With a contemptuous flick of his tail, Barubary slapped him away, and the boy crashed into the cavern wall before sliding to the bottom, eyes vacant.
Staring at Bow, Ryu turned back to Barubary, then slowly drew his rod from his pack, eyes defiant.
"You wish to fight me?" Barubary asked, voice deep and terrible. Staring down at Ryu, and at himself through Ryu's eyes, he did something else them, something even more horrifying. He began to laugh. "Truly, you are the one we have been waiting for! Very well then... show me your resolve, and I will reward you as is your due for such bravery!"
Before he had even finished talking, Ryu attacked, launching himself at the demon wildly. He knew that there was no hope of succeeding, but the sight of his friend being brutalized had lit his brain on fire. Without even thinking about what he was doing, he lunged at Barubary, striking at the beast's legs blindly.
Barubary watched him flail for several moments, eyes amused, before lashing out with one terrible arm, backhanding him twenty feet into the air and watching him fall back down with bone-breaking force.
"Come, Ryu." Barubary's voice rumbled, even as the boy's consciousness faded. "Let me see you open the gate, destined child. Then, and only then, will you know the true power of he who is God!"
As his eyes closed, as his mind faded, and as his body screamed in pain, Ryu's heart finally succumbed to despair. And as it did, he no longer saw the cavern, or the demon who had broken him without even the slightest hint of effort. He saw another world, deep beneath the surface of the one he knew, but not far. He saw a tower, one that stretched down instead of up, wide and vast beyond imagination, floating in an empty darkness that was vaster still. Down and down and further down still, the tower fell, until there was nothing but silence and emptiness, at the bottom of the dark.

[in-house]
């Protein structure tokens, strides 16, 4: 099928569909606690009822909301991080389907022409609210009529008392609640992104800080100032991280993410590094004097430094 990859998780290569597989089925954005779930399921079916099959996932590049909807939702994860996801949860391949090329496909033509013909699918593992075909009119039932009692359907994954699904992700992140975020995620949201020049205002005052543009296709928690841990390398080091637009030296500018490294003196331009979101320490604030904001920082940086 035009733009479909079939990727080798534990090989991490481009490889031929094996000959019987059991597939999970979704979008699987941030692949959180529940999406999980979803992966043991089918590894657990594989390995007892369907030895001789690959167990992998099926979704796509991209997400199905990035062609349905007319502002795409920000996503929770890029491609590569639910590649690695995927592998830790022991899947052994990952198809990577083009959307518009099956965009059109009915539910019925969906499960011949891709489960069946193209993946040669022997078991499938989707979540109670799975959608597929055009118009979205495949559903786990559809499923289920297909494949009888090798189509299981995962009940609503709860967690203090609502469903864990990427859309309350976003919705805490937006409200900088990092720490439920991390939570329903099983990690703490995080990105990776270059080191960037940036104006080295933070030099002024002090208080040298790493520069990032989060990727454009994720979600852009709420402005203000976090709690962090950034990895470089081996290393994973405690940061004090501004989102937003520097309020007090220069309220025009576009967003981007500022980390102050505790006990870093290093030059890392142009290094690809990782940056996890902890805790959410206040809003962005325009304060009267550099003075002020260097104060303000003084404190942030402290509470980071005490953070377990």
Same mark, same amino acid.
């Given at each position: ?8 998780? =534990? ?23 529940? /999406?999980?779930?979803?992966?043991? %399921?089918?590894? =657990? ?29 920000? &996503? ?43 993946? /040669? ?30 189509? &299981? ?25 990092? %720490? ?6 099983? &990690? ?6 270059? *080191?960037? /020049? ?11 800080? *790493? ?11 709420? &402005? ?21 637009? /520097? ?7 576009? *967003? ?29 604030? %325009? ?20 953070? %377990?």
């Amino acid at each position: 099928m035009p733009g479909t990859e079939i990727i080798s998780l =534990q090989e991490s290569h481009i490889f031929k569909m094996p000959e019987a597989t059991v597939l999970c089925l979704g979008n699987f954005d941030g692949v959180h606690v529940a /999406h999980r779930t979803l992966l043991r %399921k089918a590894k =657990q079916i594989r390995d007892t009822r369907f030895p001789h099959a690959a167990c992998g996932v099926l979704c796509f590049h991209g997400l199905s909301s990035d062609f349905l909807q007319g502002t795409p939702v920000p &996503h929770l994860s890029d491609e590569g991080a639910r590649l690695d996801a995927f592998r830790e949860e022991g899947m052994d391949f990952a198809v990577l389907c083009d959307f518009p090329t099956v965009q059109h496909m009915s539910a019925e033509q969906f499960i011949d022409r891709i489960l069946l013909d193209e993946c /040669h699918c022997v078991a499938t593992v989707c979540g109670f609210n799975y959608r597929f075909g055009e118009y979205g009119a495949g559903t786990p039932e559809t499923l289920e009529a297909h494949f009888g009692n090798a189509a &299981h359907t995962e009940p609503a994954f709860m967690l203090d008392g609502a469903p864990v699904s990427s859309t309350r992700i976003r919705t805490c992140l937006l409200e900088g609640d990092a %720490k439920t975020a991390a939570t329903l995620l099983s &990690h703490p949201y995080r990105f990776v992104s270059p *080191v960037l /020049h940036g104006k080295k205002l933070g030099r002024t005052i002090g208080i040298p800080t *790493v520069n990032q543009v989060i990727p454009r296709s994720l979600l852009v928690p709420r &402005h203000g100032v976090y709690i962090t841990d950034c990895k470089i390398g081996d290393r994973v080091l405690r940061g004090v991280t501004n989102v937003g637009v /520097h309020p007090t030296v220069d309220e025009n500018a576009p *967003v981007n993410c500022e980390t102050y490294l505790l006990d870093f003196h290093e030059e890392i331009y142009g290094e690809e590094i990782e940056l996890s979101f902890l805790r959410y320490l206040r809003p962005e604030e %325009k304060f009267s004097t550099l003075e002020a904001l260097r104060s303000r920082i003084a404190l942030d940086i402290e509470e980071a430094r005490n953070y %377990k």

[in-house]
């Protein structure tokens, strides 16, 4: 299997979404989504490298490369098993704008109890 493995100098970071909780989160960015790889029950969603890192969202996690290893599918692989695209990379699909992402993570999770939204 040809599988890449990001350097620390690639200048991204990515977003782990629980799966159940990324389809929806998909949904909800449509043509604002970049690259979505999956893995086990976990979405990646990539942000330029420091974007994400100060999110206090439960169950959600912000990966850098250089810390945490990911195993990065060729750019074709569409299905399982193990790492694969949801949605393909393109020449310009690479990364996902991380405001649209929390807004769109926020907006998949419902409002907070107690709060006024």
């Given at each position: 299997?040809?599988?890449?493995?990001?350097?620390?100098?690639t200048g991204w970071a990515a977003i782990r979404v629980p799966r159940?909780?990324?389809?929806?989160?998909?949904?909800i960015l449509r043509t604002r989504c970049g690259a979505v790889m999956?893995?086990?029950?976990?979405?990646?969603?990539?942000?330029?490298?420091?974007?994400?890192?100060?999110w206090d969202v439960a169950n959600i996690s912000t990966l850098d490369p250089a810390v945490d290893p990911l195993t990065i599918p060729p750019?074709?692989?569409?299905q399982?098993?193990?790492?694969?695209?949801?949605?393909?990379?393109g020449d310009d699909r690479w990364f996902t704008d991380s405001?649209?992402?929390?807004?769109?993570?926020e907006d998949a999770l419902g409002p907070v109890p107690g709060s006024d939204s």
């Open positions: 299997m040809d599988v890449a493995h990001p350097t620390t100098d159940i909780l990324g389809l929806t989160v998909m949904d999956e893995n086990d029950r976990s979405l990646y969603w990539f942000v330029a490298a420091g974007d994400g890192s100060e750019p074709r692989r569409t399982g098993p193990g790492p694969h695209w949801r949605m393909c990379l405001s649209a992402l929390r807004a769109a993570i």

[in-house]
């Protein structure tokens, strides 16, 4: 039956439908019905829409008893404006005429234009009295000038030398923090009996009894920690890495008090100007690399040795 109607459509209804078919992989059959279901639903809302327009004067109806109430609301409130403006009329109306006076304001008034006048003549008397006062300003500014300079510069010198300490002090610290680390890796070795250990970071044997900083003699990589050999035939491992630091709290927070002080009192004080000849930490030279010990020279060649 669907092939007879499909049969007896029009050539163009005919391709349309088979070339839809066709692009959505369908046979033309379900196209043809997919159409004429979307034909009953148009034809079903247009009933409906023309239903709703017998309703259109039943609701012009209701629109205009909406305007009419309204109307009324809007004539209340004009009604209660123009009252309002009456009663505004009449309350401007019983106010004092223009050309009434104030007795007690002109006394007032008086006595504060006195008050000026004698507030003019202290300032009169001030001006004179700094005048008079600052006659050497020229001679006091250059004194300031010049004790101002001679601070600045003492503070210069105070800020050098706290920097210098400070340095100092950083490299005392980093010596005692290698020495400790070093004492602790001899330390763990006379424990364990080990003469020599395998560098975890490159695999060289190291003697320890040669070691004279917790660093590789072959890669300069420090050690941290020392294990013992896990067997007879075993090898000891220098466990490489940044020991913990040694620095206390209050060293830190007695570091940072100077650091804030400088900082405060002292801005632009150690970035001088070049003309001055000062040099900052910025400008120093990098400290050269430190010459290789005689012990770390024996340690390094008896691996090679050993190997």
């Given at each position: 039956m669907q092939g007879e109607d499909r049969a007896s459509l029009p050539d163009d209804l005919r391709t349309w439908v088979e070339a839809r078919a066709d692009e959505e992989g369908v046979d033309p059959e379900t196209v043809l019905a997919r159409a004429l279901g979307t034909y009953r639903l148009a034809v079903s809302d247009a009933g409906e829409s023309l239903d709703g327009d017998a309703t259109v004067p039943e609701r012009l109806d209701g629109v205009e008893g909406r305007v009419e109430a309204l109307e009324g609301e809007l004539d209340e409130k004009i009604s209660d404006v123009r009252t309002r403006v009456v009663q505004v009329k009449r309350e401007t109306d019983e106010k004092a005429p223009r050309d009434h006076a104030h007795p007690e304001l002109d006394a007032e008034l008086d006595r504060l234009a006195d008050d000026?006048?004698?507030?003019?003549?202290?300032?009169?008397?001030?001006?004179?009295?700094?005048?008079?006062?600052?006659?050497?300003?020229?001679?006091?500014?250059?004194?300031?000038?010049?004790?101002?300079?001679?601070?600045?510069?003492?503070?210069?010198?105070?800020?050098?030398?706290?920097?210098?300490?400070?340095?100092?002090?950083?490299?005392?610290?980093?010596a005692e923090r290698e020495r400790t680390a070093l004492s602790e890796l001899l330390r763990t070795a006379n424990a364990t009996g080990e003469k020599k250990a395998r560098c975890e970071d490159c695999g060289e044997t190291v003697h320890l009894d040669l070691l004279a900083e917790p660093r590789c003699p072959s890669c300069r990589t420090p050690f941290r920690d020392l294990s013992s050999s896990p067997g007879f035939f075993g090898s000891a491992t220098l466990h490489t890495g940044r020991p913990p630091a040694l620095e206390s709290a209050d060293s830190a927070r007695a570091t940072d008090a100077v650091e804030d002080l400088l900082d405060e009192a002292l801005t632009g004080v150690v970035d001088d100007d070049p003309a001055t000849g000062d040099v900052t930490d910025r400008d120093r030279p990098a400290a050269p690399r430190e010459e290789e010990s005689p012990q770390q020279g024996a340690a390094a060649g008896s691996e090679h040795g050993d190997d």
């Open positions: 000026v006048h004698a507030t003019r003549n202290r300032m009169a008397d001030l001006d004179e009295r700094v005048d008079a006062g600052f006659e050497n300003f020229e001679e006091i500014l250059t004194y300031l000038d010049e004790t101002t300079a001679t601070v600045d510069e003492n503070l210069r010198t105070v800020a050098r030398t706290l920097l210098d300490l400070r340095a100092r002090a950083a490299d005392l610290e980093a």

And as he embraced the vision, as his ears were filled with Barubary's shriek of exultation, he felt it tearing at the edge of his reality, eager to embrace it, to replace it.
"You are the one!" Barubary's cry filled the cavern, even as his third eye closed, and the mind of the destined child with it.
Alone once more, the demon lord Barubary stared down at the fallen boy. He would live, of course; Barubary had been careful of that. So would the other, the loyal one, though his necessity was far less strong than that of the boy. Still, destiny had touched them both, and Barubary was wary of tampering with that out of whimsy. Only in absolute confidence would he chance attempting to alter that which he knew was fated to happen. Staring down at the destined child, alone and unprotected, he felt the temptation to do just that, to open the gate now, when he knew there would be no unwanted interference.
But then he heard the approaching footsteps, and he knew he had been foolish to assume he had not been seen.
"That's quite enough, Barubary," a voice snapped out of the darkness. "Don't be an idiot. Damage him permanently, and we all lose."
"He knows that," another voice snarled. "The kid's tough. He'll recover. Good thing we got here when we did, all the same. He might have been tempted to break the deal, otherwise. Wouldn't you, Barubary?"
"Perhaps," the Demon Lord rumbled, voice becoming amused. "It's been some time. Welcome, Ryu and Ryu."
The two old men walking towards him were a study in opposites, aside from their age and gender. One was tall and strong, still well-muscled despite his age, clean-shaven with his white hair long but well-groomed. A horizontal scar stretched across his forehead, still unhealed despite the centuries since he'd received it, and he wore undecorated robes in red. The other was bent and twisted, hunchbacked and burly, his arms like oak branches. His hair and beard were just as white and long, but they were an unruly mess. His robes were white, and on them was the mark of Ladon, the Dragon God.